TAKING COUNSEL: Employment opportunites for EU citizens

  • 2004-08-05
  • Mindaugas Lescius
After the three Baltic states' accession to the European Union, the idea of free movement of labor within the EU has been a much discussed topic. However, the Baltic countries still preserve certain requirements for employment, particularly in regards to obtaining certain permits.

EU citizens seeking a job in Lithuania are allowed to have a six-month visa-free stay. But before being employed in Lithuania, a EU citizen must obtain a residence permit even if the above-mentioned period has not elapsed. Usually foreigners (especially managers of subsidiaries of foreign companies) do not pay attention and unintentionally violate this requirement. Companies and their employees simply conclude an employment contract for an indefinite period of time and consider that, if the employee stays in Lithuania less than the maximum term allowed by law, everything should be in line with the requirements.
However, according to Lithuanian authorities, EU citizens do not need the residence permit if the term of employment lasts less than three months. Moreover, it should be taken into account that Lithuanian authorities will not take into account the number of days to be spent in Lithuania, and that the permit will be required even if half of that time is spent abroad. Although immigration authorities do not tend to impose administrative penalties, there have already been a few cases when foreigners were asked to pay fines or even to leave Lithuania due to the breach of the above requirement.
In Latvia, EU citizens may stay, as well as work, without a residence permit for no longer than 90 days within one half-year period. Should the EU citizen need to stay for a longer period, he has to come in person to the Foreigners Service Center to submit an application and respective registration. Residence permits for EU citizens are usually issued within 30 days on the basis of their employment; however, EU citizens are allowed to work within the mentioned period. Also, such a service is free of charge. Compared with the situation before May 1, 2004, the situation in Latvia with residence permits has improved a lot. However, the application form to be submitted to the authorities to obtain a residence permit has confused EU citizens due to its extensive list of questions about parents, other relatives, work experience, etc.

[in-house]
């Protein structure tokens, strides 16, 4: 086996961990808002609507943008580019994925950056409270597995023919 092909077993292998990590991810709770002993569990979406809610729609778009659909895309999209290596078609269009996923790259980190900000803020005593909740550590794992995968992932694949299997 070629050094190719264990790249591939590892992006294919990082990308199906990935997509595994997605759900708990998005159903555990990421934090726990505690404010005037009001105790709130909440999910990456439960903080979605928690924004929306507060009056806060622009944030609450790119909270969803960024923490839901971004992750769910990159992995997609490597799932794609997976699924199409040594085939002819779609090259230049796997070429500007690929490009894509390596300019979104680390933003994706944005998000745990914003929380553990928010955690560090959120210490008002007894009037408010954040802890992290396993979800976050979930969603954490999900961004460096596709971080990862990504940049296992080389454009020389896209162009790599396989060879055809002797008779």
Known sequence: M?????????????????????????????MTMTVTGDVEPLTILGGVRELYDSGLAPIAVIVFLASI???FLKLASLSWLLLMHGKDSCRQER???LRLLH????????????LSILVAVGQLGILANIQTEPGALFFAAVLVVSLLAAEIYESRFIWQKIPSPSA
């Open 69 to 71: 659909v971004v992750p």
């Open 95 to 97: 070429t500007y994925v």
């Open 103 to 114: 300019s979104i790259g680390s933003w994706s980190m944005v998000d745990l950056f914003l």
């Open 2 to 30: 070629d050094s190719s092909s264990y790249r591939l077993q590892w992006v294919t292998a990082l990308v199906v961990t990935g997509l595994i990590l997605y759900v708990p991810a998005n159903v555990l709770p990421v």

The positive trends concerning obtaining residence permits have also been seen in Estonia. EU citizens may apply to the local department of the Citizenship and Migration Board for the receipt of the residence permit on the basis of employment. Compared with the past, less formalities are required - e.g., earlier Estonian authorities required foreigners to go to the psychologist in order to prove their satisfactory mental state as well as to have an HIV test.
On the other hand, Estonia abolished the possibility to agree on the time of the visit to the migration board. Therefore, instead of spending five minutes at the migration board, one may need to stand in line in order to submit documents for up to three hours. If one were to compare Estonia with Lithuania, another advantage is EU citizens are not prohibited to work while the application is being processed. However, EU citizens are formally required to register themselves at the Labor Market Board.

Mindaugas Lescius is a senior associate at Sorainen Law Offices in Vilnius